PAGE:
'Chávez appeared with that one word `change,' and people didn't investigate him properly, and then we ended up with this disaster,'' said Kendall resident and IVAC board member Carmen Teresa Luengo. ``The majority of Venezuelans here relive that experience when they hear Obama.''

Republican presumptive nominee John McCain, Luengo said, is the clear choice.

''He is a man with great experience on the national security front, and we need that right now,'' she said.

Colombian Jeannette Varela, a Democrat, had her candidate in the Democratic primaries. Nearly 150 people, many of them well-known Colombian Democrats, came to her Star Island home for a fundraiser in support of Hillary Clinton's candidacy.

With Clinton's exit from the race, Varela feels bereft. Both McCain and Obama supporters have asked her to have fundraisers, but she hasn't committed to either candidate.

''We Colombians, Chileans, Argentinians and other Latin American groups all pay taxes and yet politically we don't have any representation,'' she said. ``We feel abandoned.''

Varela is a bellwether for a larger trend in the Colombian community.

Nearly 48 percent of Colombians register Democrat, according to polling done by a community political organization.

But many are deeply troubled by the party's blocking of the Colombian Free Trade Agreement.

The treaty has stalled in Congress because Democrats have raised concerns about its impact on American workers and human-rights violations in the South American country.


Both Obama and Clinton had raised the same objections, but Varela said Clinton had personally assured her that they could sit down after the election and discuss the treaty -- a commitment that gave her ''hope.'' She says she has not heard the same assurance from Obama.

''Everyone has noticed that the opposition to the agreement is just a political maneuver that the Democrats were doing just to hurt [President George] Bush,'' Varela said. ``I have strong Democrat convictions, but that doesn't mean I'm blind and don't see what's happening.''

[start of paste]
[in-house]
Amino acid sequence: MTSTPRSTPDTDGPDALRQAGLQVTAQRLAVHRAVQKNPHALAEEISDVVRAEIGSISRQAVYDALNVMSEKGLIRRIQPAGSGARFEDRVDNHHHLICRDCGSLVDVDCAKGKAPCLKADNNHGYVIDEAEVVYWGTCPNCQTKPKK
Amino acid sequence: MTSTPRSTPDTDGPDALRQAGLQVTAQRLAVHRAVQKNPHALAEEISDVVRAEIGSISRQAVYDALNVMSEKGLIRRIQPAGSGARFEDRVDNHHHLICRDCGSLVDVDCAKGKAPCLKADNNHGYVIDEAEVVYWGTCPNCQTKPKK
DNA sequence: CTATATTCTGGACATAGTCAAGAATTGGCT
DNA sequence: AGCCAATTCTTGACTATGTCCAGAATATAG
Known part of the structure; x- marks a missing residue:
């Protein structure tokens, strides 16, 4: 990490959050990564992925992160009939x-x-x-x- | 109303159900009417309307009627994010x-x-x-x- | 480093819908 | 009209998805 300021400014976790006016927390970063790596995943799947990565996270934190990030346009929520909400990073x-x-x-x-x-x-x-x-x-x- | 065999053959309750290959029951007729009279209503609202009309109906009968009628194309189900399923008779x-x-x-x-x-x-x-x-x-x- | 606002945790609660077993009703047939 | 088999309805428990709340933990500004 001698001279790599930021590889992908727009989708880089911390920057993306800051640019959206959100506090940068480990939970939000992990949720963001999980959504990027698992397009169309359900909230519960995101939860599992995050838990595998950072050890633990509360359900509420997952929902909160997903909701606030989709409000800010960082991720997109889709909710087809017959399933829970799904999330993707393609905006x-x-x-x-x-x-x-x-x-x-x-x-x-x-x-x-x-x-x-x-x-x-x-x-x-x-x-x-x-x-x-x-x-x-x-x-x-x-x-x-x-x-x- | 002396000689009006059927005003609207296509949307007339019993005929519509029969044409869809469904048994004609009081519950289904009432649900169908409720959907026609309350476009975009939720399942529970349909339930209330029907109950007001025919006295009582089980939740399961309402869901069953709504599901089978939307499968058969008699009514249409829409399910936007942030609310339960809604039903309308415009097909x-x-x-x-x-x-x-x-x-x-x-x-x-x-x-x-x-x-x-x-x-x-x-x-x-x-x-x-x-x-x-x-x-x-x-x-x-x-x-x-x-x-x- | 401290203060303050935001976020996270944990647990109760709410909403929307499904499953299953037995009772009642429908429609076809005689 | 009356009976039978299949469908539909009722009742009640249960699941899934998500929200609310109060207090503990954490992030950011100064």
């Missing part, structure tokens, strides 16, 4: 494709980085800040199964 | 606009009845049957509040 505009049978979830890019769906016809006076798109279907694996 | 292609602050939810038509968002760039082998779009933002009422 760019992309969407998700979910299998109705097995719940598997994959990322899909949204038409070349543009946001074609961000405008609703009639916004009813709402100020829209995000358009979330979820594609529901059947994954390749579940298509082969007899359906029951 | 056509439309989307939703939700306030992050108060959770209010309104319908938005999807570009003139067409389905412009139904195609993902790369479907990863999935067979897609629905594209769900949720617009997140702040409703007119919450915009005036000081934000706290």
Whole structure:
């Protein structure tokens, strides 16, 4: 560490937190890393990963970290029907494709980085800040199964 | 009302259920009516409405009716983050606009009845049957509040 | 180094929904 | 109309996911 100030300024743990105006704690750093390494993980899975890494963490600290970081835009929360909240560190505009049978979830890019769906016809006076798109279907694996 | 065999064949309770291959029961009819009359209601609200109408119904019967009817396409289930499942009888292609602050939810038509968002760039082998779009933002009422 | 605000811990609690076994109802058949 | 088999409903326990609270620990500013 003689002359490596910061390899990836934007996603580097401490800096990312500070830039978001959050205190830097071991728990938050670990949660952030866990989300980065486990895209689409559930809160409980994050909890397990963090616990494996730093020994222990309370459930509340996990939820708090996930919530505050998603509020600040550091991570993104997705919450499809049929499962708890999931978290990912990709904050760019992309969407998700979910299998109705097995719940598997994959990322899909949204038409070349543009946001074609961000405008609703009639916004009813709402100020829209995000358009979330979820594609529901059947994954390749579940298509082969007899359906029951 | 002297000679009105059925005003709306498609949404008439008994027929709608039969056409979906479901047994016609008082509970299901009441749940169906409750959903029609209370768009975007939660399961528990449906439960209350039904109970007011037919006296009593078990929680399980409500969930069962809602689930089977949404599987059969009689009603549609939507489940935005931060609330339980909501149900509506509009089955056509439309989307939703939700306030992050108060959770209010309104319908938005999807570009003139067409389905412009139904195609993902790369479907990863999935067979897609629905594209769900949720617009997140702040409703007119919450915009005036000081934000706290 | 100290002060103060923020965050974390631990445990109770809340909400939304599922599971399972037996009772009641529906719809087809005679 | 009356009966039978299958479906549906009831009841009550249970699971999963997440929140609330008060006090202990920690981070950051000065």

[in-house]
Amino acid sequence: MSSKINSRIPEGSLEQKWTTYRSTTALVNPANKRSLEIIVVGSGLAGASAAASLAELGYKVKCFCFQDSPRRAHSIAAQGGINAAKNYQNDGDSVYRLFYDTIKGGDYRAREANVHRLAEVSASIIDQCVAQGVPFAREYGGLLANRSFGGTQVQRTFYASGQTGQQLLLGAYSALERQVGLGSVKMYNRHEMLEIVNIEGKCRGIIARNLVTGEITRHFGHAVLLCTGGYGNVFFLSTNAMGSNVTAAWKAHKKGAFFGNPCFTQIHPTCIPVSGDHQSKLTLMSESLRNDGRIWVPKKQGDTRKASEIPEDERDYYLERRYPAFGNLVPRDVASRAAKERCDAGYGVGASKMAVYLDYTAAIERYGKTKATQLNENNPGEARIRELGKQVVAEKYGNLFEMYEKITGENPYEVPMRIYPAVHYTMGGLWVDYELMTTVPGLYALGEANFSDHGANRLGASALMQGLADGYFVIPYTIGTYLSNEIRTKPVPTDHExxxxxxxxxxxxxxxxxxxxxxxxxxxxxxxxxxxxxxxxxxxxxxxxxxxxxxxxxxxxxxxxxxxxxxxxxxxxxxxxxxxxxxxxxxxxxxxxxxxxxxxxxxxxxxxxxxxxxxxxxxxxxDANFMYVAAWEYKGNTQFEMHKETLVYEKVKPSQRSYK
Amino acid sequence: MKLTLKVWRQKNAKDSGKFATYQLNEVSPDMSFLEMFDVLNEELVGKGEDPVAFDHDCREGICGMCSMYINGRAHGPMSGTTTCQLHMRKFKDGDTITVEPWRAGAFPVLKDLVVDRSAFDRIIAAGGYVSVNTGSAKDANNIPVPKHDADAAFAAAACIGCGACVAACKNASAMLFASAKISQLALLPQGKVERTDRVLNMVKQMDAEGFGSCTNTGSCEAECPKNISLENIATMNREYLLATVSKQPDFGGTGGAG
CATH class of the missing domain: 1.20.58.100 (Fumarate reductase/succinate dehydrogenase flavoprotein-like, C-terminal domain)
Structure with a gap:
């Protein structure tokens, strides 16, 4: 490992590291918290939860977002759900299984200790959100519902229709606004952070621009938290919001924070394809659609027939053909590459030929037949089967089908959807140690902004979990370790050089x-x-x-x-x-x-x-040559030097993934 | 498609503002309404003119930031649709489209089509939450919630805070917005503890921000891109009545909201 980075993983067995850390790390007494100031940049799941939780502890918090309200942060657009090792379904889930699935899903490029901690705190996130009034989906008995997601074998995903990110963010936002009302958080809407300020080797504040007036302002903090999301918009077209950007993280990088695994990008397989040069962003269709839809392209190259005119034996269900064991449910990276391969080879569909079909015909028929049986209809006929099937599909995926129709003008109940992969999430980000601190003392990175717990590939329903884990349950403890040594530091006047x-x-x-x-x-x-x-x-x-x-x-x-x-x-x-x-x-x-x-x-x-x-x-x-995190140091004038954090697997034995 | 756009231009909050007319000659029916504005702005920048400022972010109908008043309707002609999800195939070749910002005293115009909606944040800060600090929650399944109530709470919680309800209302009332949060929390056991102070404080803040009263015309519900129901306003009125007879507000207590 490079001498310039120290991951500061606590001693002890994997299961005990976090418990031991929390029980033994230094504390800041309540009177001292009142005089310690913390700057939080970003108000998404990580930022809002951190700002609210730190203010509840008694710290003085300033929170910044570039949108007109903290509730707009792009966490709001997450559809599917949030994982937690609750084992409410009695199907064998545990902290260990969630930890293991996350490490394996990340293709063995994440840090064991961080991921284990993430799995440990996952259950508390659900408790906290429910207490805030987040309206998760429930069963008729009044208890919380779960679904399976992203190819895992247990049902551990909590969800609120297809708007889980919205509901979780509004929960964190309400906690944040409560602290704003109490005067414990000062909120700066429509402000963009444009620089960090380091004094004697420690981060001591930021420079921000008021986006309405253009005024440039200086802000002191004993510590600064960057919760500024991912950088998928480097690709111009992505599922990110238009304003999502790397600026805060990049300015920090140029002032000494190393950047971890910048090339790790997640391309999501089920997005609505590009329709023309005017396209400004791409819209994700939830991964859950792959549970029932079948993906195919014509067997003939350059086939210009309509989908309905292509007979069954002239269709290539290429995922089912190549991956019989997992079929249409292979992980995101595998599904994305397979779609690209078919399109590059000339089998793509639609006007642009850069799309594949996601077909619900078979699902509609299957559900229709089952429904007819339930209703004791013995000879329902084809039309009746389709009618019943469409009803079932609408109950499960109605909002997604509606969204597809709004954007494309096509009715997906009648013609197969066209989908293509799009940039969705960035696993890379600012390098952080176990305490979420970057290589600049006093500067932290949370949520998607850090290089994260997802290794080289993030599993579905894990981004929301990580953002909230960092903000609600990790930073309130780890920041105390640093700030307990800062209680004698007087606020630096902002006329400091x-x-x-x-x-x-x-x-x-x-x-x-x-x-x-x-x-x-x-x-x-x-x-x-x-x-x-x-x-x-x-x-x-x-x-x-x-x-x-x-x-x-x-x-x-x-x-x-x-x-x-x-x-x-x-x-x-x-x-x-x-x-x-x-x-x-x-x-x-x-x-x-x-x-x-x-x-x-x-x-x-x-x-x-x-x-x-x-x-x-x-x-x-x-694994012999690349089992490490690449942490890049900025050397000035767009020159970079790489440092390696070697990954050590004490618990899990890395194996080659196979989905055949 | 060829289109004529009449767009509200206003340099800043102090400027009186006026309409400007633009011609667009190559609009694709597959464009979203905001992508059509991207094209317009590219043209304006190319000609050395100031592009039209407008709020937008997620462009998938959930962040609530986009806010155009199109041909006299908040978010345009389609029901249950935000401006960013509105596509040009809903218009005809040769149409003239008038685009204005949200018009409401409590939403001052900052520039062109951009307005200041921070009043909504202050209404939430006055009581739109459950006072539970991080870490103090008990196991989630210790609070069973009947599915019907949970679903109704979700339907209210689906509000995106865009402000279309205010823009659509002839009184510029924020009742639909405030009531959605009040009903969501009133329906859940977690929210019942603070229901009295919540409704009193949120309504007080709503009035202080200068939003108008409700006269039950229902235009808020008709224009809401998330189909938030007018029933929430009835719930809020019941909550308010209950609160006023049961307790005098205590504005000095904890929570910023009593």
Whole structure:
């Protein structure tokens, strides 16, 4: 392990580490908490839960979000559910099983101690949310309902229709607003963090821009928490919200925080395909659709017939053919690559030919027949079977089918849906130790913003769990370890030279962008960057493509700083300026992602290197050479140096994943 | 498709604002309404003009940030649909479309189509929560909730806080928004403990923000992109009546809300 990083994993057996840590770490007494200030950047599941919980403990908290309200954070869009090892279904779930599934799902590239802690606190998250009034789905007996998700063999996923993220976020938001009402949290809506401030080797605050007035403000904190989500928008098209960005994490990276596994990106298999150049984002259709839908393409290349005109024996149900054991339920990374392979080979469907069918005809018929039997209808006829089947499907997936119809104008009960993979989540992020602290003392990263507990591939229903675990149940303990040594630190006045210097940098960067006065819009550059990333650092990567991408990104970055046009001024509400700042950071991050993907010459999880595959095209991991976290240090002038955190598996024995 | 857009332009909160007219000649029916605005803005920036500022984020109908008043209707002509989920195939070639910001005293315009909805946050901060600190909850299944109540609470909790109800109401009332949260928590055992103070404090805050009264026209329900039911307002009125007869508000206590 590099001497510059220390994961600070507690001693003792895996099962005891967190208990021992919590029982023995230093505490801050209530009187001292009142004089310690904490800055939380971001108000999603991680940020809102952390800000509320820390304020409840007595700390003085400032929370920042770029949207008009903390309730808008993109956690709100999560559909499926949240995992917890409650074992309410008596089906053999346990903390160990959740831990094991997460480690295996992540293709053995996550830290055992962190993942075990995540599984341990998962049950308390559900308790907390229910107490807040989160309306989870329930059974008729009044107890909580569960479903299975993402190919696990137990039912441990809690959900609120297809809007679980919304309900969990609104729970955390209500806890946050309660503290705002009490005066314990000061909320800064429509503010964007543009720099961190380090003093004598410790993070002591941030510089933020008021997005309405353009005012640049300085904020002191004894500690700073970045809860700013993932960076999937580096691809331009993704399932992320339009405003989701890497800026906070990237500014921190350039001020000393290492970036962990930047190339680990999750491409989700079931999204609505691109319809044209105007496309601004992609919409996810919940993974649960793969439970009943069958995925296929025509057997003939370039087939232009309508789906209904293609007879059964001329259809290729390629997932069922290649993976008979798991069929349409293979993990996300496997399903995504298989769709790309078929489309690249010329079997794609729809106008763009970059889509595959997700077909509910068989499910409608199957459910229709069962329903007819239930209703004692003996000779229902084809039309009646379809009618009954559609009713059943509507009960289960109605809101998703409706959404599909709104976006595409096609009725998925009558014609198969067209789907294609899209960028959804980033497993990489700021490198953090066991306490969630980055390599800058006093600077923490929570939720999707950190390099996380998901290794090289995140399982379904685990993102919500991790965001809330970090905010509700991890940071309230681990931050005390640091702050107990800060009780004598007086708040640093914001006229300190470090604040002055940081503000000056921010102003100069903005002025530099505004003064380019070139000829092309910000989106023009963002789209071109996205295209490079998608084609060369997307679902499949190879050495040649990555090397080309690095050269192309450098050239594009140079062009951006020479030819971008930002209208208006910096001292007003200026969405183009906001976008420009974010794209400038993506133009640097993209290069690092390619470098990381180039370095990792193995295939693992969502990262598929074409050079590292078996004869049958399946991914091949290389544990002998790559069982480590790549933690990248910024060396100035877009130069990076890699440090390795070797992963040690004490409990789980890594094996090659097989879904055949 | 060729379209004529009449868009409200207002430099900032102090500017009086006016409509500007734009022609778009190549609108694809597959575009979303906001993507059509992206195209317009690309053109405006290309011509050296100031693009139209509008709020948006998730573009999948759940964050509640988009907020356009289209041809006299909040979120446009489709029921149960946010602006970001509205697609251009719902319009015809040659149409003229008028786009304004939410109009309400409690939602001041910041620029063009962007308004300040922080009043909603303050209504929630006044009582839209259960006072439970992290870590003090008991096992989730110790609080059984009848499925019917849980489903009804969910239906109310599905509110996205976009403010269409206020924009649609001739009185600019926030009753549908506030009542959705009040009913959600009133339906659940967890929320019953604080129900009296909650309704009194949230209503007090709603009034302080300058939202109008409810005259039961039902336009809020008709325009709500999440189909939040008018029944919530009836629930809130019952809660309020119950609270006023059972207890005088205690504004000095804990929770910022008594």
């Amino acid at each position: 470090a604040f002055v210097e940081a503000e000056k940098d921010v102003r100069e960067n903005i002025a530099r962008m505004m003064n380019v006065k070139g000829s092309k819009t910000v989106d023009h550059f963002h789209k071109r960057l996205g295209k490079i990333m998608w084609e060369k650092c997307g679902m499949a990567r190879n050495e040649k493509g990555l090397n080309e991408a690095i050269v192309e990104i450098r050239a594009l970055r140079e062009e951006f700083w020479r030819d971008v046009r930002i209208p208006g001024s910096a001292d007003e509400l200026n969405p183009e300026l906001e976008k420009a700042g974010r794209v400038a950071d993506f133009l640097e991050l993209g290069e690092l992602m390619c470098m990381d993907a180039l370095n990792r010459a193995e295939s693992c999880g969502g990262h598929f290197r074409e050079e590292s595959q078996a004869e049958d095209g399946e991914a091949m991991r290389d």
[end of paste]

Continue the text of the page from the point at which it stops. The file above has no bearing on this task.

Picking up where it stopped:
Meanwhile, McCain has courted the Colombian community and those who support the free-trade agreement. He ran a radio advertisement in support of it. He also visited the South American nation last month.


''That trip was historic, because I can't remember any U.S. presidential candidate going to Latin America during the campaign,'' said Nelson Hincapie, also a local Democrat who is considering McCain. ``I'm on the fence about who to vote for, but I'm leaning toward McCain because of the free-trade issue. I have too many friends who depend on it.''

Despite McCain's draw for many Democrats, political activist Carlos Cabrera believes the fence-sitters will come around on the Democratic Party.

Colombians ''are just beginning the process with Obama. They will eventually back him, because the Democratic Party is the party of immigrants,'' he said.

U.S. Census numbers show that Colombians, who number more than 150,000 in Miami-Dade and Broward counties, are second only to Cubans in South Florida, both in population numbers and in their rate of naturalizations in the last decade.

Both McCain and Obama spent ample time on Colombia and Venezuela in Latin American policy speeches they gave in Miami in May.

''I am very optimistic about what is happening in terms of the diversity of South Florida politics,'' said McCain's South Florida campaign co-chairman, Fabio Andrade, who is the first non-Cuban Hispanic to hold that post for a Republican presidential candidate. ``Five years ago, the only issue national candidates talked about was Cuba.''

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This is my town Miami Borward it is Obama land all the way. I don't need a new paper to tell me that.....

Here is how the vote is going to go. Some of the older Cubans are going to not vote for Obama, but most young Cuban's are going to vote for Obama. Also Miami/Borward has a large number of American African's/None Cuban latins which are going to vote for the Obama.

No more War please!